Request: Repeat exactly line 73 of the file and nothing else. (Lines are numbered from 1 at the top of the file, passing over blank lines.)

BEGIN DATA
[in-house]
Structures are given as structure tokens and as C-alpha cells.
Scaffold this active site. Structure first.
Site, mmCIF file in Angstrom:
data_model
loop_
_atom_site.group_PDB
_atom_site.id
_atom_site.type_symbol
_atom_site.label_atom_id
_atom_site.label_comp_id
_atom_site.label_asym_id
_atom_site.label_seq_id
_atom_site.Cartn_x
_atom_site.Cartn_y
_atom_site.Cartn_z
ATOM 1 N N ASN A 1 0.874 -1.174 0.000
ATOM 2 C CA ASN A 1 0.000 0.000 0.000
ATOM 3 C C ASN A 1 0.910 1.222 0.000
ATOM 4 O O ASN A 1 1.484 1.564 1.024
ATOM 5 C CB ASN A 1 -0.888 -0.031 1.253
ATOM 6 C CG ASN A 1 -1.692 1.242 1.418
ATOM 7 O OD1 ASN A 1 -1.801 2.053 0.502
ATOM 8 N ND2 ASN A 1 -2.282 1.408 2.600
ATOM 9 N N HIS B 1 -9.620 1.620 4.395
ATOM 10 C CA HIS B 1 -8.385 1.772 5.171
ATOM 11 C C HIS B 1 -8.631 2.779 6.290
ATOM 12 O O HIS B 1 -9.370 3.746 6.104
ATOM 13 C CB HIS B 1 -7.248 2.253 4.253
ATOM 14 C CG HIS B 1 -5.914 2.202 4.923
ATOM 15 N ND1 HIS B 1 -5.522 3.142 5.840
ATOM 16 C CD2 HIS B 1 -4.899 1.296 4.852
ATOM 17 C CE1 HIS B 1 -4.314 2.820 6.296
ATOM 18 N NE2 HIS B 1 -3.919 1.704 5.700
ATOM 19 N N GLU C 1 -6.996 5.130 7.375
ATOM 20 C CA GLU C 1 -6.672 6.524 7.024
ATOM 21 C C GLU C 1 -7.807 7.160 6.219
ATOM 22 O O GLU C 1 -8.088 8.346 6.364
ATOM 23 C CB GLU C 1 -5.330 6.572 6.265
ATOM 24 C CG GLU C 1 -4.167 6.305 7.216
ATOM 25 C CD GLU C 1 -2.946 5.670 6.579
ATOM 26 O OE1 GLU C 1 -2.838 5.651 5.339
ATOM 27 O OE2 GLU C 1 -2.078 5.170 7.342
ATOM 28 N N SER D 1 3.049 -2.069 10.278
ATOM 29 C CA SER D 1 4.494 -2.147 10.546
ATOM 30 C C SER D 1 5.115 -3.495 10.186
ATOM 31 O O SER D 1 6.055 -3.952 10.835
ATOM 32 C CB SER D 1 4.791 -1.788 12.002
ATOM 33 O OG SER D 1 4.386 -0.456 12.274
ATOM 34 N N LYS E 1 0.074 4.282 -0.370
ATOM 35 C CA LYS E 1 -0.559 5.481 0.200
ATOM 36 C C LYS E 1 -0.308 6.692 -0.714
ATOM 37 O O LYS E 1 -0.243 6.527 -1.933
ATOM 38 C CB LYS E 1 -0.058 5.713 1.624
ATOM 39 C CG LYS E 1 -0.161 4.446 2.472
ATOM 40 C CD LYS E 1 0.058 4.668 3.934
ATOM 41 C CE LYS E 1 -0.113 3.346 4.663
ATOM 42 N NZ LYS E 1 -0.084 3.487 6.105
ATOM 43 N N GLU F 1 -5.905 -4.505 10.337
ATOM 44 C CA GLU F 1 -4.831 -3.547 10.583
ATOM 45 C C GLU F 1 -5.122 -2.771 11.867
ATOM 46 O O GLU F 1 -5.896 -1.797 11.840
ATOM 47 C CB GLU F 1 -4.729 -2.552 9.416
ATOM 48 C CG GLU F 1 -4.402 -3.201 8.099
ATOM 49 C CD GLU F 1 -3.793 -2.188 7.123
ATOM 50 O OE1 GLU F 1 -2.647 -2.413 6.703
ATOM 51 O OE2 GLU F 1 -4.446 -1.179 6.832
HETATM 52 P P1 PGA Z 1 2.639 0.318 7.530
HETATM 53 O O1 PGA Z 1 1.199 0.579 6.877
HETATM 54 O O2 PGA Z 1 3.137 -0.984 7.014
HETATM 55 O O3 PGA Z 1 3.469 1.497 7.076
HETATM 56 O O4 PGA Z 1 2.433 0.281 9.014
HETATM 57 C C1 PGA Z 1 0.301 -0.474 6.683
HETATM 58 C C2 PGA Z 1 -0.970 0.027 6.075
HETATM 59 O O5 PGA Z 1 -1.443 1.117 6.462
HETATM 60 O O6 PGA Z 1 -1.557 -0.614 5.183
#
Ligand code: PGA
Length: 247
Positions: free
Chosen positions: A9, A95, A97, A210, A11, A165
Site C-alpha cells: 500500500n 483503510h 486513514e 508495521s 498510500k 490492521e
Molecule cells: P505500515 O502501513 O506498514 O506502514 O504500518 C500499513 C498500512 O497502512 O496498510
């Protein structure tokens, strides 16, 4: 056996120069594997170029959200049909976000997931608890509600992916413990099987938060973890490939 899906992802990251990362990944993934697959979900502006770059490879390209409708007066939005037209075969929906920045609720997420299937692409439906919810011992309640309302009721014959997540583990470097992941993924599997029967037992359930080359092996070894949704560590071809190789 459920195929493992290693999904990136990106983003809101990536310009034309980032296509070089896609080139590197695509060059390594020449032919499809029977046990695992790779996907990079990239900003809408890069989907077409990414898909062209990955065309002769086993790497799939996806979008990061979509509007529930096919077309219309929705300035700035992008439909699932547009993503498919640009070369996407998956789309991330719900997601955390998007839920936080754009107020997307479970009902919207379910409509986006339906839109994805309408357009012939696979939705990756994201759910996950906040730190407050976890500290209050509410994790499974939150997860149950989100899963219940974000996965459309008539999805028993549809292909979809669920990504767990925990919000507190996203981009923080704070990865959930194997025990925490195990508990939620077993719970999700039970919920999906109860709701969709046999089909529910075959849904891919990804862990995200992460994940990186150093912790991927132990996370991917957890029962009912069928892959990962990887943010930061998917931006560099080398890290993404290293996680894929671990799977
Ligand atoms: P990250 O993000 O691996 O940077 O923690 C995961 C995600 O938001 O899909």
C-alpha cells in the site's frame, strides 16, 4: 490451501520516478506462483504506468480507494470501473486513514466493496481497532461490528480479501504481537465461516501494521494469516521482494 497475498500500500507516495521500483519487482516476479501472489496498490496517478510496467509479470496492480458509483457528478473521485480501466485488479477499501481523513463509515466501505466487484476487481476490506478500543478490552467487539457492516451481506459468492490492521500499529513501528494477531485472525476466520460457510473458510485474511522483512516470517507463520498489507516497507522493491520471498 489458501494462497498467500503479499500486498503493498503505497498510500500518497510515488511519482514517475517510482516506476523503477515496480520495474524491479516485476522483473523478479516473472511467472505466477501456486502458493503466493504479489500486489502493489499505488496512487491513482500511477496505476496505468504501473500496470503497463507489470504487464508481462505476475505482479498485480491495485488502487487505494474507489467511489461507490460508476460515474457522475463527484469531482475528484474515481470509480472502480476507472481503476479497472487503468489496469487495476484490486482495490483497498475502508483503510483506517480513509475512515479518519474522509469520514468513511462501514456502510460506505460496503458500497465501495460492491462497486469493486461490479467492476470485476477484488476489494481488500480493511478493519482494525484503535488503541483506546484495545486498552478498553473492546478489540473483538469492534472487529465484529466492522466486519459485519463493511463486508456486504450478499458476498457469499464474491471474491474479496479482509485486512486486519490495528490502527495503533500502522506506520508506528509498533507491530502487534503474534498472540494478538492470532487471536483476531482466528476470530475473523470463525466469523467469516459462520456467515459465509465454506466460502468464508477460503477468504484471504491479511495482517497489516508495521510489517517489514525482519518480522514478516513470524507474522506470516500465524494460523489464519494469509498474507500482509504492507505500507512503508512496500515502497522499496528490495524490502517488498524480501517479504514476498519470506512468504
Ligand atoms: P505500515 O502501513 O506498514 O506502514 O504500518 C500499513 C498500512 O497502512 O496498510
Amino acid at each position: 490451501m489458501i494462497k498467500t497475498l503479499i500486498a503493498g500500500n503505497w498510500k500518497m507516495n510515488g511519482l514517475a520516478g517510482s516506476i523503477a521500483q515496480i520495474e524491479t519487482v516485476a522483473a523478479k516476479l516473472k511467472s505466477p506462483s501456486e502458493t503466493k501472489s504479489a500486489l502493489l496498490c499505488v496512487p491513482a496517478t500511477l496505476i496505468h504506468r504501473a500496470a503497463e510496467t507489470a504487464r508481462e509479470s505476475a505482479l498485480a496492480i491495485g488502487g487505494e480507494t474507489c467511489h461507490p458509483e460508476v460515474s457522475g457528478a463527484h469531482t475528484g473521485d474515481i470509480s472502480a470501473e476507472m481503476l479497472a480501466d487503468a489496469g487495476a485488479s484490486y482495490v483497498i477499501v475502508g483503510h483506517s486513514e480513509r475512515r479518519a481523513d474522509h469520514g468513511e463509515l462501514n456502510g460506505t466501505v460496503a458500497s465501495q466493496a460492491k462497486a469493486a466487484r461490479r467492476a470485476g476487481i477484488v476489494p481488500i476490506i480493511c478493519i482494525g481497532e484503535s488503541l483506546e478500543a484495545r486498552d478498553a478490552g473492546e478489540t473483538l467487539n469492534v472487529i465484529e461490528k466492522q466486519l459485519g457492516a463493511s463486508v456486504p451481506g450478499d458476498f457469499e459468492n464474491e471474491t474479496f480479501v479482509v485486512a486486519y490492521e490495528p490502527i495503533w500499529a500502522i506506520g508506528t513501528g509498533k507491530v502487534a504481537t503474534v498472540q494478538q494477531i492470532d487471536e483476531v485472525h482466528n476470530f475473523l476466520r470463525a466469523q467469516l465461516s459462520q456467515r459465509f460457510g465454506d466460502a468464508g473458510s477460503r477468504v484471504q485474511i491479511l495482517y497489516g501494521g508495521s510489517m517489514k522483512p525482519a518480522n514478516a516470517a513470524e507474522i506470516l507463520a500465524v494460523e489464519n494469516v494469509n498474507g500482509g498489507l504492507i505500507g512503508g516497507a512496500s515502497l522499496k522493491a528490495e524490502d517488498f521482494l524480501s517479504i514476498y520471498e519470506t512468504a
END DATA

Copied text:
HETATM 57 C C1 PGA Z 1 0.301 -0.474 6.683